Right now, Okafor just doesn’t do enough without the ball in his hands to really elevate the team as one would hope. His entire life he’s spent running to the free throw line or elbow-extended area of the court, demanding the ball, holding it while he navigates the defense, then making his move. This is tough in the NBA. It clogs up the paint for perimeter players to drive to the hoop, leaves perimeter players with ticking time bombs when he does pass out of the double team because of the shorter 24-second shot clock, and he hasn’t had the ability to create looks for his teammates because of it. His lack of shot blocking or ability to force turnovers slows down the Sixers’ transition game, also impacting their overall offensive output.

It’s frequently said that Okafor is the Sixers’ one proven commodity. But he’s not. His individual scoring talent is proven, but his ability to consistently have a positive impact on the game is still very much up in the air, and is something that is going to require a lot of development to reach.

None of this is to say that Okafor won’t improve. He will. Nor is it to say that better teammates wouldn’t help Okafor. They would. And ultimately projecting what each of these players will become is far more important than what they were last year. I think it’s fair to be bullish about Okafor’s ability to develop into a player that can help an offense down the line. But Okafor is going to have to not only develop into a star offensive player, but also develop into at least a capable team defender *and* defensive rebounder, neither of which he’s even remotely close to being. All three of those things coming to be creates a very low margin for error when projecting Okafor’s future.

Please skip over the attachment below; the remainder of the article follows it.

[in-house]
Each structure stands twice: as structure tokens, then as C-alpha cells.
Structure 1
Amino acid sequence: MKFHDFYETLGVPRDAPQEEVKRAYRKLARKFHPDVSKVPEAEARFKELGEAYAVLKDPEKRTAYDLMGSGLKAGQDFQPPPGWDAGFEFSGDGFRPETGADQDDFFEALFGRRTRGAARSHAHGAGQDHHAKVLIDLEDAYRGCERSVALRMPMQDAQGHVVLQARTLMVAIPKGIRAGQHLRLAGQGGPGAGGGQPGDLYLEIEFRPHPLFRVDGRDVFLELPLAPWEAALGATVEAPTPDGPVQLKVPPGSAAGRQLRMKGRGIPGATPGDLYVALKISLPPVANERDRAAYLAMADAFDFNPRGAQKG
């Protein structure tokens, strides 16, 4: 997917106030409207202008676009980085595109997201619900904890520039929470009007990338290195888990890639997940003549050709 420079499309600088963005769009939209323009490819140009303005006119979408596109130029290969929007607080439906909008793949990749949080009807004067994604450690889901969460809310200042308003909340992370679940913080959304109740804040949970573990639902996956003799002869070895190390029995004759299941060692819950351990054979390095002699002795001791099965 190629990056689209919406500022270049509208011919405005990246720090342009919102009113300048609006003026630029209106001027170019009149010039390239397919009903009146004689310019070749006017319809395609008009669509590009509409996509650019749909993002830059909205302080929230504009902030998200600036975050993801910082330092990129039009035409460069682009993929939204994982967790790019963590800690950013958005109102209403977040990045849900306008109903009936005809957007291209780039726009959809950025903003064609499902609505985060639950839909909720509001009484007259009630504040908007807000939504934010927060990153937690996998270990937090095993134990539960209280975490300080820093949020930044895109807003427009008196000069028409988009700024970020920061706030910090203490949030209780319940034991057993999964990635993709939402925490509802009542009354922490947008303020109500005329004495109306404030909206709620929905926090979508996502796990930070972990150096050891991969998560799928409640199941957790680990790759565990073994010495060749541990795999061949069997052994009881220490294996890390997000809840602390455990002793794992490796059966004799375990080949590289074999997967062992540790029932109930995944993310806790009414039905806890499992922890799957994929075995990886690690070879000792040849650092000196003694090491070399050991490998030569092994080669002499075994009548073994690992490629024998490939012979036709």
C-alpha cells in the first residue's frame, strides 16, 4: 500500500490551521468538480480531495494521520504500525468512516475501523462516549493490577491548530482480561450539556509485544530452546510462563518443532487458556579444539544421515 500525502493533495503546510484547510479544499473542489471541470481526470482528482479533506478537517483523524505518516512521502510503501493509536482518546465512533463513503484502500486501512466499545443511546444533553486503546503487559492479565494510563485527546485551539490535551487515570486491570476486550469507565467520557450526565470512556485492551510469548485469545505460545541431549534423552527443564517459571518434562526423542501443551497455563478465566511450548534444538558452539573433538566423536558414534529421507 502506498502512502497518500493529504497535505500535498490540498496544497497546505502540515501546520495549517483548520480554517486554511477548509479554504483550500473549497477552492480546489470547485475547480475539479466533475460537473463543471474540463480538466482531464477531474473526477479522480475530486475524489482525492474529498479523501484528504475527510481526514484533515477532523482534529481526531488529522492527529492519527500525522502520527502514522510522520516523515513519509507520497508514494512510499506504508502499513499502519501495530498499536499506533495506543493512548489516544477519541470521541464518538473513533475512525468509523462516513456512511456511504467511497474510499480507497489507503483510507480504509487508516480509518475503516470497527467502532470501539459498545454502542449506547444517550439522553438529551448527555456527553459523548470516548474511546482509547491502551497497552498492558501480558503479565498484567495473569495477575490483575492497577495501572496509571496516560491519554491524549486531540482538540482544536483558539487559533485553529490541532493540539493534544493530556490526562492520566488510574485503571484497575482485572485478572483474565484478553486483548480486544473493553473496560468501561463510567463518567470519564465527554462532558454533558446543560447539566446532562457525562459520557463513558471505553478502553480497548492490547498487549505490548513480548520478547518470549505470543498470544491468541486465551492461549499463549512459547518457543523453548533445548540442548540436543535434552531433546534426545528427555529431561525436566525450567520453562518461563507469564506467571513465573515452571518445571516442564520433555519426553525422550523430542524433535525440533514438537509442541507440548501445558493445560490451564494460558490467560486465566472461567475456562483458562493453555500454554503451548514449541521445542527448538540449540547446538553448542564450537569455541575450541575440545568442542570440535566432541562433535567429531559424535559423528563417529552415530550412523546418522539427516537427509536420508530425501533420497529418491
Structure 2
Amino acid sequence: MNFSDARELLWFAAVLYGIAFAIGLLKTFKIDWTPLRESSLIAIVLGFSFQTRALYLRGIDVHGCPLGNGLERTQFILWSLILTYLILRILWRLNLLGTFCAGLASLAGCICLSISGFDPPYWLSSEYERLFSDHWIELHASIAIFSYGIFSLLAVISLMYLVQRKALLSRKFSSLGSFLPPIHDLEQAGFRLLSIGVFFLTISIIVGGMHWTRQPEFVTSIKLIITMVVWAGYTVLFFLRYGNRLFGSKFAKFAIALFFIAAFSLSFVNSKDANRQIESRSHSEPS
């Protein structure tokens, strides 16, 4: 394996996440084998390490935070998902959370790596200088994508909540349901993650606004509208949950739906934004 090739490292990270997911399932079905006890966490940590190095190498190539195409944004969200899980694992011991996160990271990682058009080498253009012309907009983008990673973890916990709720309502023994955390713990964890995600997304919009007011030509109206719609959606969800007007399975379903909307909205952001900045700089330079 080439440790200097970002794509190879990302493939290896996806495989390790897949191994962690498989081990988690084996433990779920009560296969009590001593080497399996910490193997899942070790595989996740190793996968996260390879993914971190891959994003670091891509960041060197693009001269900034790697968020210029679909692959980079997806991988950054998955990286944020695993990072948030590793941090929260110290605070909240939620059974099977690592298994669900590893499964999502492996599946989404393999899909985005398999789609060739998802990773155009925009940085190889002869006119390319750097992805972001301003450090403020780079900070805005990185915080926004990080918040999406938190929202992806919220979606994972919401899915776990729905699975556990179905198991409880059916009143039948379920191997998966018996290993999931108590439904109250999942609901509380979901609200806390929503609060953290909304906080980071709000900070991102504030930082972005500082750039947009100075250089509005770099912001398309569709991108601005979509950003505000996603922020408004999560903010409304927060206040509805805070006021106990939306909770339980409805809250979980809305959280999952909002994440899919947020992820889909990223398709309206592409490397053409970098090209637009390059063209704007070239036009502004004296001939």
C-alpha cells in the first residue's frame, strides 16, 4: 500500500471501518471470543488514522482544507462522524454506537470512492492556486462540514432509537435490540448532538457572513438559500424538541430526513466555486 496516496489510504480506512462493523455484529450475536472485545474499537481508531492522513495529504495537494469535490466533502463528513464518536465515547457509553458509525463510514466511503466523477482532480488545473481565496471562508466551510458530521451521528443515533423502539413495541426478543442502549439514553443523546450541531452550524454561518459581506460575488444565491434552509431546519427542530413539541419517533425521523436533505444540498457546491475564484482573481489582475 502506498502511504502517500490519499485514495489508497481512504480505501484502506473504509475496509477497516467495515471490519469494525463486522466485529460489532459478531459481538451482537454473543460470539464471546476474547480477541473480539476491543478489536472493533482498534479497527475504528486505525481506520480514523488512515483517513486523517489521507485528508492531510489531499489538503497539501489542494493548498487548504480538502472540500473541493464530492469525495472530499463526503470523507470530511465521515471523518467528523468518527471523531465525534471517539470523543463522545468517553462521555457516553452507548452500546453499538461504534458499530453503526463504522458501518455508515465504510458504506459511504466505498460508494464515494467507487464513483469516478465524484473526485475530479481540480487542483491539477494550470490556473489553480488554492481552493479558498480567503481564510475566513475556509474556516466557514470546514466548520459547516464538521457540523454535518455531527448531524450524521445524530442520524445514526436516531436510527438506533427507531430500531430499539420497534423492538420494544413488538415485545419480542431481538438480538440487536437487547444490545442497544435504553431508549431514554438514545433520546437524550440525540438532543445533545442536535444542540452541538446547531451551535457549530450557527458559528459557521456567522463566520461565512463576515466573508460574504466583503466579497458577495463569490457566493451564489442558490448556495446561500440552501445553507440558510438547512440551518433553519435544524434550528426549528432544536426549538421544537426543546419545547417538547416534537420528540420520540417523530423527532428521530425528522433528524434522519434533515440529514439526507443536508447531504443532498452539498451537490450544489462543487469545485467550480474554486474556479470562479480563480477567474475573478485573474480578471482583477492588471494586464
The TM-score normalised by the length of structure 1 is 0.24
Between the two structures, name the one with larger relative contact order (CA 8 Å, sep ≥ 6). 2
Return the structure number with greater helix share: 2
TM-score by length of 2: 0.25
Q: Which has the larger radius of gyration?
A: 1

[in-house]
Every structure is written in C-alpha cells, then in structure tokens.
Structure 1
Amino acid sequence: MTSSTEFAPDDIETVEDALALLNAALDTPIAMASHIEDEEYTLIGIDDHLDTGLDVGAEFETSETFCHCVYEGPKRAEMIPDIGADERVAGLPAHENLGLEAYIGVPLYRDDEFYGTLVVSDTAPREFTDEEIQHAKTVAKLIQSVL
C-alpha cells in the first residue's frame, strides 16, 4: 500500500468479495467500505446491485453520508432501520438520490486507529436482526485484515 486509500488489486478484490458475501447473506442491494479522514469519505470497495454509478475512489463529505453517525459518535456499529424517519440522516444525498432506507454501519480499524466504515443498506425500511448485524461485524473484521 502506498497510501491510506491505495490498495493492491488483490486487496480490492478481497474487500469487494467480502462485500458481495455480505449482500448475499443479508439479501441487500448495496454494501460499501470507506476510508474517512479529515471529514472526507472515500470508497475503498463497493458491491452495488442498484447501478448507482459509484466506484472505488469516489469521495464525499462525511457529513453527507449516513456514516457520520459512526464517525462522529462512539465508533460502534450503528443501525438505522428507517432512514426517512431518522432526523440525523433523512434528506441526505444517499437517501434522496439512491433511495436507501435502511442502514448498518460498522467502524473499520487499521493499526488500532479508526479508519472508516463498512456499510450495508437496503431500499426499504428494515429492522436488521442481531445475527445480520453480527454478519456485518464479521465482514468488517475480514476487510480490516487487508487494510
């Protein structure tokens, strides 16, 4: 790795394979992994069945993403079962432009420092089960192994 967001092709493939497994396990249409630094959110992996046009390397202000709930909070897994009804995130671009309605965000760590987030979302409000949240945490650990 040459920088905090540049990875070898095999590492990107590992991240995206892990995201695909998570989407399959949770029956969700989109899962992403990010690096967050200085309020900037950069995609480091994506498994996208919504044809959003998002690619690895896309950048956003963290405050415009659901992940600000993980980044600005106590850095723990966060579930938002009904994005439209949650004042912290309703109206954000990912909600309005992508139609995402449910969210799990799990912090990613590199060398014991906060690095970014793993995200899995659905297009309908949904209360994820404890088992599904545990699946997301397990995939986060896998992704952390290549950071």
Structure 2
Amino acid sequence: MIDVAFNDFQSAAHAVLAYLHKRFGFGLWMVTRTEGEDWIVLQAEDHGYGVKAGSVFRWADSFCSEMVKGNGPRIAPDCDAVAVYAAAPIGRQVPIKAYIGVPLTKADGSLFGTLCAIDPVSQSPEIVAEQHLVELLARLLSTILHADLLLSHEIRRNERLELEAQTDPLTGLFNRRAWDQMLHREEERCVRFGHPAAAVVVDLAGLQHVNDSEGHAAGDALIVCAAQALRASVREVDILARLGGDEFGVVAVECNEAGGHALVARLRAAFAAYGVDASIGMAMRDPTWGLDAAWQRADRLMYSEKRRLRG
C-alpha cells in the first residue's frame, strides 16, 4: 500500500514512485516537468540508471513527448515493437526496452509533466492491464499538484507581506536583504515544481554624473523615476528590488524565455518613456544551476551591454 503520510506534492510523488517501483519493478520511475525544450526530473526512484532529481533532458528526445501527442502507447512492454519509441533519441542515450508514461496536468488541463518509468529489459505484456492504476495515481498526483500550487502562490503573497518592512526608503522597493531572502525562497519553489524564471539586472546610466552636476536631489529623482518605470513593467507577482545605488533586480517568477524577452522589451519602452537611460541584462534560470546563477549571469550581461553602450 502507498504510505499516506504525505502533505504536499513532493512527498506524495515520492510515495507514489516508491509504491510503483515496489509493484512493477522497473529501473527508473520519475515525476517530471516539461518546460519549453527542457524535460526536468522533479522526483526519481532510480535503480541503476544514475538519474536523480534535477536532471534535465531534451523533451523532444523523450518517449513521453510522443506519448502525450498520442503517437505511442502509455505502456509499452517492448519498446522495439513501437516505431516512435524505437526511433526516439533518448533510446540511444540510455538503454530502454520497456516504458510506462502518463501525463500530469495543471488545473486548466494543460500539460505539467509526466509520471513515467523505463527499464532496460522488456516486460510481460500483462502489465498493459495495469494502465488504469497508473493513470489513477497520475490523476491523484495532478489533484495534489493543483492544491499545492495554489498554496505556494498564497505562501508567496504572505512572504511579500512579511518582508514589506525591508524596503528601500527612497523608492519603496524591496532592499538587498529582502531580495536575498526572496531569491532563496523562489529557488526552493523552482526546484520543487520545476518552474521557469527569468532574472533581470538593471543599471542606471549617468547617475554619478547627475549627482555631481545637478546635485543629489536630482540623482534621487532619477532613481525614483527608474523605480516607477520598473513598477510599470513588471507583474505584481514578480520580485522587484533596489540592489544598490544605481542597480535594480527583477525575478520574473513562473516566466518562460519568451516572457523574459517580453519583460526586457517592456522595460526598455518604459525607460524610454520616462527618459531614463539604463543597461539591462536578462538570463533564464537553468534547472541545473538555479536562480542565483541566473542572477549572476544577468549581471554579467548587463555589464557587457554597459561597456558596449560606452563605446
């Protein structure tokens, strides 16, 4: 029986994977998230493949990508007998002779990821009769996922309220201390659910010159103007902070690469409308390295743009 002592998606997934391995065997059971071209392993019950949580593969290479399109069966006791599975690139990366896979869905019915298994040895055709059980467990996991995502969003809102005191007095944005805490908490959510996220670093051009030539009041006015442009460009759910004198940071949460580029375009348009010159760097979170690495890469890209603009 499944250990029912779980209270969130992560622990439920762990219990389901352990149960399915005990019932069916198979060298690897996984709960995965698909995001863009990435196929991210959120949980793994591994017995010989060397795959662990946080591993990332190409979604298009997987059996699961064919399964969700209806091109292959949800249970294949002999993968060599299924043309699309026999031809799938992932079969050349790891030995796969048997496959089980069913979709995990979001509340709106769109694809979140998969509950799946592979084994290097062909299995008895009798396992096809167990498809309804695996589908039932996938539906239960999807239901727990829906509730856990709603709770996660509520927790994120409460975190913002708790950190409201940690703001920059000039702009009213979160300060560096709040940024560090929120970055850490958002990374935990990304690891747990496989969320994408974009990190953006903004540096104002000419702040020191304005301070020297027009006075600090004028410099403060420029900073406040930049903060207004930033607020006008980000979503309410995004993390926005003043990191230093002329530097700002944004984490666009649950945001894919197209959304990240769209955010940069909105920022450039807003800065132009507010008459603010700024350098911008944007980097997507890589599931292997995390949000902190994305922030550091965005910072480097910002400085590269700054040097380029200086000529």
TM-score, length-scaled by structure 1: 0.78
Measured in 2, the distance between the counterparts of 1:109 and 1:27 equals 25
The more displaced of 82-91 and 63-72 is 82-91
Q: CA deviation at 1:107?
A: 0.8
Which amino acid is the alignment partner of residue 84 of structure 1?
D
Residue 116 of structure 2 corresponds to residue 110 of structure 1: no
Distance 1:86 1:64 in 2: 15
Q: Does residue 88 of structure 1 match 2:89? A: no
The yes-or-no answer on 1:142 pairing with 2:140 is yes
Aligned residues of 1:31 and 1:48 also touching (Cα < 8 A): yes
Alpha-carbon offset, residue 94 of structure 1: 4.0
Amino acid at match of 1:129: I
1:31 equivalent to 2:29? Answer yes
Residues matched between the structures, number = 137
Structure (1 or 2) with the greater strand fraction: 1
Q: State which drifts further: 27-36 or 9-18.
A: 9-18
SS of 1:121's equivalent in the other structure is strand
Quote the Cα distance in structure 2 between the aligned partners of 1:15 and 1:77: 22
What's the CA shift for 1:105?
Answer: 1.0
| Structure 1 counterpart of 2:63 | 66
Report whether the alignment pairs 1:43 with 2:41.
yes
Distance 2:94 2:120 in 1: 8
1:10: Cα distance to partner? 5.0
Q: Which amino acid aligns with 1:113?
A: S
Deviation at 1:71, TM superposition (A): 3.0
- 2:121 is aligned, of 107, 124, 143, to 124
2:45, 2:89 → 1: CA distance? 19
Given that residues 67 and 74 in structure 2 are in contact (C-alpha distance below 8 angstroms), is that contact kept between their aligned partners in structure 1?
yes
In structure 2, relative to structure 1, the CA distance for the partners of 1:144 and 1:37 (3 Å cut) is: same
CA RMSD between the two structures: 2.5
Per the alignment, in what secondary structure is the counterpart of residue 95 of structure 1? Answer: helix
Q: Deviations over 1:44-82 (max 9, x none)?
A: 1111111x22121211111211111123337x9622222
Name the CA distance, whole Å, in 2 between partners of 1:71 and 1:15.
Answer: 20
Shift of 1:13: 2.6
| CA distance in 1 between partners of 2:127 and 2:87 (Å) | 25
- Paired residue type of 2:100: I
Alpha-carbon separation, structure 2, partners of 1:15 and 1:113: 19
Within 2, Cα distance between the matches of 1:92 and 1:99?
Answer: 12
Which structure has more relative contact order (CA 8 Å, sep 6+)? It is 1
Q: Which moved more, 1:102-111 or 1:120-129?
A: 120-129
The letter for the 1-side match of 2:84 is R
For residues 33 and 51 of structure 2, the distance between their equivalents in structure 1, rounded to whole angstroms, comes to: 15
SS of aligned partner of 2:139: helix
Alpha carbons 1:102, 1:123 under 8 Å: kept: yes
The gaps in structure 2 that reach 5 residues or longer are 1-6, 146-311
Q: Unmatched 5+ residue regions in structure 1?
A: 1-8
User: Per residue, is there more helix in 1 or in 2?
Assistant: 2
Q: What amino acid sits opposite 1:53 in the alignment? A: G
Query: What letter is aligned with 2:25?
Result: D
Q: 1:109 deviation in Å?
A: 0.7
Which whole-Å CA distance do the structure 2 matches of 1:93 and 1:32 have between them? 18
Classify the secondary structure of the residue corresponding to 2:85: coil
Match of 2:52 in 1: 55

Of course, Noel will improve as well, and better teammates would help him too. Elite perimeter defenders who can focus on denying penetration with the knowledge they have an elite team defender waiting behind them could do wondrous things. You’re not just asking whether Okafor will improve, but whether Okafor will improve more than Noel at a rate high enough to cover up the current discrepancy.